For literally decades, Racing Beat has recommended NGK Spark Plugs for Street, High Performance, and Race rotary engine applications. The NGK B7EIX Spark Plug is recommended for non-turbo, non-ported, high performance rotary engines used primarily for city/street driving.
The installation of this "EIX" series spark plug requires the use of a "Thin-Wall" socket--Racing Beat P/N 11529. Price shown is for one (1) spark plug.
Specifications: NGK BR7EIX
B= 14mm Thread Diameter
7= Heat Rating *
E= 19mm Thread reach
X= Booster Gap (Firing End Construction)
Note: The use of spark plugs other than the "factory recommended" plugs requires the use of a "thin wall" socket. Installation and removal of these plugs requires the use of the Racing Beat Spark Plug Socket.
THIS PART CANNOT BE RETURNED FOR EXCHANGE OR REFUND DUE TO ITS FRAGILE NATURE AND POSSIBLE CUSTOMER MISHANDLING
*A spark plug's heat range has no relationship to the actual voltage transferred though the spark plug, Rather, the heat range is a measure of the spark plug's ability to remove heat from the combustion chamber. The heat range measurement is determined by several factors; the length of the ceramic center insulator nose and its' ability to absorb and transfer combustion heat, the material composition of the insulator and center electrode material.
The insulator nose length is the distance from the firing tip of the insulator to the point where insulator meets the metal shell. Since the insulator tip is the hottest part of the spark plug, the tip temperature is a primary factor in pre-ignition and fouling. Whether the spark plugs are fitted in a lawnmower, boat, or a race car, the spark plug tip temperature must remain between 850-1500 degrees F. If the tip temperature is lower than 850 degrees F the insulator area surrounding the center electrode will not be hot enough to burn off carbon and combustion chamber deposits. These accumulated deposits can result in spark plug fouling leading to misfire. If the tip temperature is higher than 1500 degrees F the spark plug will overheat which may cause the ceramic around the center electrode to blister and the electrodes to melt. This may lead to pre-ignition /detonation and expensive engine damage.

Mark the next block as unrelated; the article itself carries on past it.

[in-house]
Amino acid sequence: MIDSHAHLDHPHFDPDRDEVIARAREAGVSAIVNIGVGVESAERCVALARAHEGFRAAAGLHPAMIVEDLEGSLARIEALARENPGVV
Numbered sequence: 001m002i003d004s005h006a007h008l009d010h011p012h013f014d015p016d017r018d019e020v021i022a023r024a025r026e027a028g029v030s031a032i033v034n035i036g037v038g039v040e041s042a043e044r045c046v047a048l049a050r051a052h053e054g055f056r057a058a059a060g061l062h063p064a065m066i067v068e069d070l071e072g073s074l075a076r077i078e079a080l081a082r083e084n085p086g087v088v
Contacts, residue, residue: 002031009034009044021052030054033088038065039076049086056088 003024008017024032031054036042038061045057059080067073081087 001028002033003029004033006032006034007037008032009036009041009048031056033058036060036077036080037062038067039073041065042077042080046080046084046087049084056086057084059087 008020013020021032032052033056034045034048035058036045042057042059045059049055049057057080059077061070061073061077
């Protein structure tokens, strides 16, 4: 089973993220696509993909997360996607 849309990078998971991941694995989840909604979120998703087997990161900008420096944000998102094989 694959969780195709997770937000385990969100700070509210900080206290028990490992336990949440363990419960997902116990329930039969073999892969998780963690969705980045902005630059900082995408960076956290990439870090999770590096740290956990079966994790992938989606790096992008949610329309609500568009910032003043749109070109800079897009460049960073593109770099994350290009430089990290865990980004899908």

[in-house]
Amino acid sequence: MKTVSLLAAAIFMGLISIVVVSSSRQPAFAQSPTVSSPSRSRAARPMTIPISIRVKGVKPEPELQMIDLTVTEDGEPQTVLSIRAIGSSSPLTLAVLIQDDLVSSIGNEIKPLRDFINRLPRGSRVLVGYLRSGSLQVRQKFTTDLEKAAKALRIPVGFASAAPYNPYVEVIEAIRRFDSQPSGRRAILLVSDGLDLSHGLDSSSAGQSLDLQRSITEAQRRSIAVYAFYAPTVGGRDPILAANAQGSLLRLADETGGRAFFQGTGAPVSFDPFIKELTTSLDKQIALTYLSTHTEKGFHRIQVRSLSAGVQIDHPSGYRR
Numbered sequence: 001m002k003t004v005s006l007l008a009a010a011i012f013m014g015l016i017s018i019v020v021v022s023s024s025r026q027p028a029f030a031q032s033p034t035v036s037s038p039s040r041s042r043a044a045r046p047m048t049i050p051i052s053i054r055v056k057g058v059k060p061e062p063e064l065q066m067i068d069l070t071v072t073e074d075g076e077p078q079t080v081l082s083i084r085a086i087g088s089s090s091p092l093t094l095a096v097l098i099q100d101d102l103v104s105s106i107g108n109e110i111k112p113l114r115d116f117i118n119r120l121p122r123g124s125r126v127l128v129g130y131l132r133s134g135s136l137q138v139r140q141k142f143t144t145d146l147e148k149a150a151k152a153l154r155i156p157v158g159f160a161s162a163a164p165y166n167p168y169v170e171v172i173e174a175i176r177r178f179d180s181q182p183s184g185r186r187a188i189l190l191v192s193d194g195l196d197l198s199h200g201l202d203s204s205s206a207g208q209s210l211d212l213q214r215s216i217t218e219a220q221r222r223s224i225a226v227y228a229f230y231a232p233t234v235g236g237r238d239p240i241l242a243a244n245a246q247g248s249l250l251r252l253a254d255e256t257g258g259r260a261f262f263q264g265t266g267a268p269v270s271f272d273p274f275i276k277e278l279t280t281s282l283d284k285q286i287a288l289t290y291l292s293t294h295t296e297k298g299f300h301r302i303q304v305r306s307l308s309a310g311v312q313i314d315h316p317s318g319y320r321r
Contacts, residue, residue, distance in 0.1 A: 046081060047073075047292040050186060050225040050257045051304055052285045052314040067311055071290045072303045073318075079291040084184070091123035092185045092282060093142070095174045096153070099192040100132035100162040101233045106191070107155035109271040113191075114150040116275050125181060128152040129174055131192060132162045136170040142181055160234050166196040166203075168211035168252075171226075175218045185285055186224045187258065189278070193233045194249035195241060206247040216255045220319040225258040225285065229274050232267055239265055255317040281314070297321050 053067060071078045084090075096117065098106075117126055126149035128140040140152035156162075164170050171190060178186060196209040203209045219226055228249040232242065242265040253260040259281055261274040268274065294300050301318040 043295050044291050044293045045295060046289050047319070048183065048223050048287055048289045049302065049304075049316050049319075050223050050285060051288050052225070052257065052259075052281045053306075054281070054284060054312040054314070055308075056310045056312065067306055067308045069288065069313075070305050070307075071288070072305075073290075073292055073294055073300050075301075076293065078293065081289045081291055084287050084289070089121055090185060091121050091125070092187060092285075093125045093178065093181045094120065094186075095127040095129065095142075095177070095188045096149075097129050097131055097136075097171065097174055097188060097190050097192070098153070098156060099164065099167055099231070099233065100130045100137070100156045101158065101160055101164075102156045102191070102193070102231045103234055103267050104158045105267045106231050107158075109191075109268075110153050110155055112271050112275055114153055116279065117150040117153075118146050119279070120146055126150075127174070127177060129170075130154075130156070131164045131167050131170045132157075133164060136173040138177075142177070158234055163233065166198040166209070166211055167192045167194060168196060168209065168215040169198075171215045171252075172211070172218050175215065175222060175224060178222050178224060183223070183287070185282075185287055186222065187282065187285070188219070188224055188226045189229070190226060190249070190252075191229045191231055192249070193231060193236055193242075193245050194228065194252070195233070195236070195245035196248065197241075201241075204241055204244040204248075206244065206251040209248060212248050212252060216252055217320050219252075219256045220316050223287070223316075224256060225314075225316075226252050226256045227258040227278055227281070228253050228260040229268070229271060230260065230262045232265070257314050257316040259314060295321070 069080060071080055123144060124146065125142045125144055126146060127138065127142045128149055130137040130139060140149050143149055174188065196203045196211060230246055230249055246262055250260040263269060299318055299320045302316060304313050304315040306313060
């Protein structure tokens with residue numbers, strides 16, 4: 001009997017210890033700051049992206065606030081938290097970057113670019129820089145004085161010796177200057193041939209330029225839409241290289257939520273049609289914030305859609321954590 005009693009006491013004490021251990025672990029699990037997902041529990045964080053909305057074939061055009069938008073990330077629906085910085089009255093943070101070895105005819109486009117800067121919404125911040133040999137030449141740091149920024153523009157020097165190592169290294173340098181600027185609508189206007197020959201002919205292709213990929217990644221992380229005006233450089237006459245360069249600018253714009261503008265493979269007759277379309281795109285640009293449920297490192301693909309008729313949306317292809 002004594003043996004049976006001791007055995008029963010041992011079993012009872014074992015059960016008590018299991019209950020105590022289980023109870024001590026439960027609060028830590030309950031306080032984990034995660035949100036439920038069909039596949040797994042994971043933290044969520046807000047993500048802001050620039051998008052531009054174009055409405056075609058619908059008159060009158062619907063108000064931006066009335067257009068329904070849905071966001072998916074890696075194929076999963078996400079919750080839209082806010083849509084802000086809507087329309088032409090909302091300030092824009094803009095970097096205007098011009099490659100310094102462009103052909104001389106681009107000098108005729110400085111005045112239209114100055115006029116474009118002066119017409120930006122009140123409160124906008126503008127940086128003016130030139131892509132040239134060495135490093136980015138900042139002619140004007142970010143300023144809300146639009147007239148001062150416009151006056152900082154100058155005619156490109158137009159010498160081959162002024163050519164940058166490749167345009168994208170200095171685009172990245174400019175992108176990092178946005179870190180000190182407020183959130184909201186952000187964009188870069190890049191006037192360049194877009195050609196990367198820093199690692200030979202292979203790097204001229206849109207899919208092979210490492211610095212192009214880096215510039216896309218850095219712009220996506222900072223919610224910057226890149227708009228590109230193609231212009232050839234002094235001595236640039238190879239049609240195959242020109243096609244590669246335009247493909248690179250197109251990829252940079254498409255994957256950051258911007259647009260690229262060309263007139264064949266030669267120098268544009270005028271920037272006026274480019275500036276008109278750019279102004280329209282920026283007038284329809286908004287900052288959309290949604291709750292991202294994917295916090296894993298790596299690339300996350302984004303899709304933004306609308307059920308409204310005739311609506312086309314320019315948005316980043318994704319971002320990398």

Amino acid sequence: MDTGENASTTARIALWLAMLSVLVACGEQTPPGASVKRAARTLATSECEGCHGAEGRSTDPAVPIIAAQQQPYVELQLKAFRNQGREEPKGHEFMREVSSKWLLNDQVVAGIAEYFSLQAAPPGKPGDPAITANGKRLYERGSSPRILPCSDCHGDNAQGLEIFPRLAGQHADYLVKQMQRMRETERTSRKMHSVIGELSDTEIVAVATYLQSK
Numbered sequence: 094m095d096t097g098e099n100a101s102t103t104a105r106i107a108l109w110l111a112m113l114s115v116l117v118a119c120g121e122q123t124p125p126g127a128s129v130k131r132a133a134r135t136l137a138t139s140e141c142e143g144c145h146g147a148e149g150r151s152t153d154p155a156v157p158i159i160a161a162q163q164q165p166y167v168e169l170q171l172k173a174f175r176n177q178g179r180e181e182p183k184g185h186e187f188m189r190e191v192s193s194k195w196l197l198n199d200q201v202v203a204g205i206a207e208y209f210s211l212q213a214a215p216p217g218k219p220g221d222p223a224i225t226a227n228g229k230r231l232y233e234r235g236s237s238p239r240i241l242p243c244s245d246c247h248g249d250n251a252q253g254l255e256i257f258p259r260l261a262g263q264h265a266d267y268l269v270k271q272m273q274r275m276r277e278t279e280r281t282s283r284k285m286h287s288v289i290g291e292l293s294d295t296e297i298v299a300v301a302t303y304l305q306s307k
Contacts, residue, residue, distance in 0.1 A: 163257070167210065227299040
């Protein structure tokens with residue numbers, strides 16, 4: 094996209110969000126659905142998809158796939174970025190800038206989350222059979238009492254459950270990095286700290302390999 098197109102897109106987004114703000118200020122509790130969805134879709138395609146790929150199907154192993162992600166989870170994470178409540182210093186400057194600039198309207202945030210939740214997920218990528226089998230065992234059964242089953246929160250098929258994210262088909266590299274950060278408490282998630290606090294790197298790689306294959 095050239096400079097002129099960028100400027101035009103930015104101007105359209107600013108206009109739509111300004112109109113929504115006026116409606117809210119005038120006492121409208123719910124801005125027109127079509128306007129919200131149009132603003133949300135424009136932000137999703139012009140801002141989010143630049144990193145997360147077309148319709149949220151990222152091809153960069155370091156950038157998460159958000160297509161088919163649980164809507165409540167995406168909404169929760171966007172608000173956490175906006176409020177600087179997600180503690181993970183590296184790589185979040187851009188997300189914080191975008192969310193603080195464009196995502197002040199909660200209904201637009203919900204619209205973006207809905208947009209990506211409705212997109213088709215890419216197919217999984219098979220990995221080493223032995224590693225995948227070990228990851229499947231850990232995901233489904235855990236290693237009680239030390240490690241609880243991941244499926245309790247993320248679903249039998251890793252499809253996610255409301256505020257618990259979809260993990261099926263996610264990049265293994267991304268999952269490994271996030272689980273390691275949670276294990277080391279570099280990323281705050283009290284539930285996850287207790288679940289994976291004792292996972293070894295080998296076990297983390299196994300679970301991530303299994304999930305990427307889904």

The firing end appearance also depends on the spark plug tip temperature. There are three basic diagnostic criteria for spark plugs: good, fouled and overheated. The borderline between the fouling and optimum operating regions is called the spark plug self-cleaning temperature. The temperature at this point is where the accumulated carbon and combustion deposits are burned off.
Bearing in mind that the insulator nose length is a determining factor in the heat range of a spark plug, the longer the insulator nose, the less heat is absorbed, and the further the heat must travel into the cylinder head (rotor housings) water journals. This means the plug has a higher internal temperature, and is said to be a hot plug. A hot spark plug maintains a higher internal operating temperature to burn off oil and carbon deposits, and has no relationship to spark quality or intensity.
Conversely, a cold spark plug has a shorter insulator nose and absorbs more combustion chamber heat. This heat travels a shorter distance, and allows the plug to operate at a lower internal temperature. A colder heat range can be necessary when the engine is modified for performance, subjected to heavy loads, or is run at high RPM's for a significant period of time. The colder type removes heat more quickly, and will reduce the chance of pre-ignition/detonation and burn-out of the firing end. (Engine temperature can affect the spark plug's operating temperature, but not the spark plugs heat range).
The NGK heat range is from Hot (2) to Cold (10).
Reprinted from the NGK Product Catalog.